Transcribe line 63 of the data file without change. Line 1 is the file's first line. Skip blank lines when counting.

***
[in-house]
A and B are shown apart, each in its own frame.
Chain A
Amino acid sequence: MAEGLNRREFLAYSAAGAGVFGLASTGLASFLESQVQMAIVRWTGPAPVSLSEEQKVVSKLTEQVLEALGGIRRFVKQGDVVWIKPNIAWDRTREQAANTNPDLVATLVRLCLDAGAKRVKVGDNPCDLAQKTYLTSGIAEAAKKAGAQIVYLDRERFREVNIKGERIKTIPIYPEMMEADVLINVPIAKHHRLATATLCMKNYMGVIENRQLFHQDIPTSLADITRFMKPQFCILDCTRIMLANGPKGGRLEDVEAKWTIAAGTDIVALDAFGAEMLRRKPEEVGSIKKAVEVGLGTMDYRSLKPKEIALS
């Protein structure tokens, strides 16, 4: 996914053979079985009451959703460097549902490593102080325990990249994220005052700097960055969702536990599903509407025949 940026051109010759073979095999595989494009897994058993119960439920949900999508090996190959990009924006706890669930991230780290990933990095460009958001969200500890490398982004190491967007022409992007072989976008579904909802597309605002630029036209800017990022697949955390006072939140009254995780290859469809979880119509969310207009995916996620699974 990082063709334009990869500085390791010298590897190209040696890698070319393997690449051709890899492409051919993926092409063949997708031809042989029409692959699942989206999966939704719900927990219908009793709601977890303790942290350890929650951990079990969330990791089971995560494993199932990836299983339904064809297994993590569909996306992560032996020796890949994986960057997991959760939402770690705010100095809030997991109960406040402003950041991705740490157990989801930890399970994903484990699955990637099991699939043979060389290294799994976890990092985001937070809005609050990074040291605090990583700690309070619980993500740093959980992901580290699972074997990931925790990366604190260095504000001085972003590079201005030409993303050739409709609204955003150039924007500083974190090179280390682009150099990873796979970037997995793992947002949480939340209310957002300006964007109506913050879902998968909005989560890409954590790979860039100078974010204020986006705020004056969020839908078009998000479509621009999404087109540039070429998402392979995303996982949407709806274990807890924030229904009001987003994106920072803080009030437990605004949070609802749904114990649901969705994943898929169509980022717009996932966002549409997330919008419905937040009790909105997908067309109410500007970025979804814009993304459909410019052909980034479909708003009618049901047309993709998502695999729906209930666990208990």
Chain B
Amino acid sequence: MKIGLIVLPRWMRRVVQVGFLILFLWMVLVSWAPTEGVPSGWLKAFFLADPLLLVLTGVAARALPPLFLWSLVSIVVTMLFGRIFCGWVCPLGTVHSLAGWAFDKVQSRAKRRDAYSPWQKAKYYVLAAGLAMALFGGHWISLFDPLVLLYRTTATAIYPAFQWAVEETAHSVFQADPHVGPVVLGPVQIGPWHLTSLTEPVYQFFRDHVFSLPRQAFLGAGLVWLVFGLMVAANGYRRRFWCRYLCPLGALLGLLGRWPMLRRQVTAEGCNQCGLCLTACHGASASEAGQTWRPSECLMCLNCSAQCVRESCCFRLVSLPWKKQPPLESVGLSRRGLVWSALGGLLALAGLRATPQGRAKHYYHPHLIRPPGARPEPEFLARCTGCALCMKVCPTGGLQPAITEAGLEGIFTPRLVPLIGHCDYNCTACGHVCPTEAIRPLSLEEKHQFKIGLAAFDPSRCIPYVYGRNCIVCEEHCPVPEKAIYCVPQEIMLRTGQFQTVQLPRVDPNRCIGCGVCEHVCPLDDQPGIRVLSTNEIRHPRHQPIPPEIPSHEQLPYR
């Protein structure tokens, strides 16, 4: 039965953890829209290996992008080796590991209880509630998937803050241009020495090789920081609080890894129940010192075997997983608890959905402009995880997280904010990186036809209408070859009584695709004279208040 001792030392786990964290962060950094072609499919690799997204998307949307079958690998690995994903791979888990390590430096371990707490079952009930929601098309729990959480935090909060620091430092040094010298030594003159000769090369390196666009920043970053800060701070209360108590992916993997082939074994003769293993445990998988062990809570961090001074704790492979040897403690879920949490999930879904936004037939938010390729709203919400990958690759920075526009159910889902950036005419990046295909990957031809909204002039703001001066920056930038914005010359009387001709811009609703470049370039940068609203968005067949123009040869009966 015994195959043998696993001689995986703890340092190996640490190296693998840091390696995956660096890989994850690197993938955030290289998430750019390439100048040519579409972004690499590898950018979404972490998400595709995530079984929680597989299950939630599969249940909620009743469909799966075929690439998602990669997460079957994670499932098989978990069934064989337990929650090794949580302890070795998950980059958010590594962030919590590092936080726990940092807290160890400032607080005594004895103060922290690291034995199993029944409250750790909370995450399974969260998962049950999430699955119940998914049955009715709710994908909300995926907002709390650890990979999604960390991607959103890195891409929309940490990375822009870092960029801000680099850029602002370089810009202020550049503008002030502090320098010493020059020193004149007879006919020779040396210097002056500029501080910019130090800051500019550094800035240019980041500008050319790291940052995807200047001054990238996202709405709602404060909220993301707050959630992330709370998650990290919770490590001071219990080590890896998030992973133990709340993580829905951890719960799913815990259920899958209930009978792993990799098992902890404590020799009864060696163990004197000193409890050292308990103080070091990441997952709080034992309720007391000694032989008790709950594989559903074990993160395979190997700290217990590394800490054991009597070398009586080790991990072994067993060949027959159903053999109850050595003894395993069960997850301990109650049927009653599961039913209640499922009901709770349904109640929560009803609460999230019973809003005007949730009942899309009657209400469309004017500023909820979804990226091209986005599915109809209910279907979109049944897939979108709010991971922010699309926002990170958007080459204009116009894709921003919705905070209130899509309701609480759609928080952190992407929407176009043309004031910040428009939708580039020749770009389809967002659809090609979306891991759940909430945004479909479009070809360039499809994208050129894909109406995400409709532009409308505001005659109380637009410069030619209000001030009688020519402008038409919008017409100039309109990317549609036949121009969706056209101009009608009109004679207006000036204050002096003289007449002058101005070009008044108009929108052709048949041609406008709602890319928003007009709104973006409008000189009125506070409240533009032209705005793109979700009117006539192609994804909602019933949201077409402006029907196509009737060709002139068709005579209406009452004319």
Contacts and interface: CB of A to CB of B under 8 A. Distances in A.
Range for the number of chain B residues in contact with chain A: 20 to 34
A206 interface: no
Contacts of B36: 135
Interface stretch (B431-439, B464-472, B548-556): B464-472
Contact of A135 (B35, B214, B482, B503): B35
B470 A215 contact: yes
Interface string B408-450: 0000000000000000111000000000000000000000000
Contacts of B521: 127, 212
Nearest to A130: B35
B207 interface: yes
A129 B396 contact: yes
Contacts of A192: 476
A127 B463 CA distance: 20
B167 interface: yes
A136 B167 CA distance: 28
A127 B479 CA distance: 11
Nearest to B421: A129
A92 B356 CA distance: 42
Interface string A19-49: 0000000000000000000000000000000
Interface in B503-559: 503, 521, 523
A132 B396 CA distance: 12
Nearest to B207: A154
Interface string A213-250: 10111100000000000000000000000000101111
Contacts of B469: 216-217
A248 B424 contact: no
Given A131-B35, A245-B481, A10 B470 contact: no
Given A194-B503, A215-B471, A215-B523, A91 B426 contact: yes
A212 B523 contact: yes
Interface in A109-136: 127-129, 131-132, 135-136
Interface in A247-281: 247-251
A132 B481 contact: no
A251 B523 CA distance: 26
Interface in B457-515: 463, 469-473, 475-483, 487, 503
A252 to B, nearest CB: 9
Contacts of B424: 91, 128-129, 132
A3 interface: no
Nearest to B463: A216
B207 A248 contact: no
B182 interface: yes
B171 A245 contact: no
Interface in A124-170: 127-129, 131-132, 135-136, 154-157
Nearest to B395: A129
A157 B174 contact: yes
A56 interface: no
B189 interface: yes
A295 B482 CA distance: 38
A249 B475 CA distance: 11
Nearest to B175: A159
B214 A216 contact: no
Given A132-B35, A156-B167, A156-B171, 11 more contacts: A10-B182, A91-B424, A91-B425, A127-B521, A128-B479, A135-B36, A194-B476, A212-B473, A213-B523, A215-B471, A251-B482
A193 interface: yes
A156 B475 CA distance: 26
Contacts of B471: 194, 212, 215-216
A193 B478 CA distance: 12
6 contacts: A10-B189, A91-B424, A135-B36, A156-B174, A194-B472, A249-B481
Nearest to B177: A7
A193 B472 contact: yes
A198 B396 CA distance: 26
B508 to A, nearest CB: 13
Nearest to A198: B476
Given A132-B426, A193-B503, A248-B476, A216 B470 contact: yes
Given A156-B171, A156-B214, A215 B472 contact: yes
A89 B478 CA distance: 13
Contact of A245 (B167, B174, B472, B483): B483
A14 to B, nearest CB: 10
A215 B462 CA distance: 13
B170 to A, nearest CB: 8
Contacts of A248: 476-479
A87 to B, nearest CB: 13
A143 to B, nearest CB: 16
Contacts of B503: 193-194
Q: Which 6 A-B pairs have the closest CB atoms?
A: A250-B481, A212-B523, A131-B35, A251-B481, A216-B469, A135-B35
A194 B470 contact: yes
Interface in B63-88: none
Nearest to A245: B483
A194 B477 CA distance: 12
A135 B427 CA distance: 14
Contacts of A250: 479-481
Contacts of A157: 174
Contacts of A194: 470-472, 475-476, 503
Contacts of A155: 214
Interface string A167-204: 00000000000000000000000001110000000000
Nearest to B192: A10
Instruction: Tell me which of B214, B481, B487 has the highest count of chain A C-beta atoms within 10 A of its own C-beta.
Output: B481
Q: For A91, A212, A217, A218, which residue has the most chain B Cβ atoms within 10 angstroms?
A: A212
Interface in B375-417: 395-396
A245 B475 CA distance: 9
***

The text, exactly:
A193 B478 CA distance: 12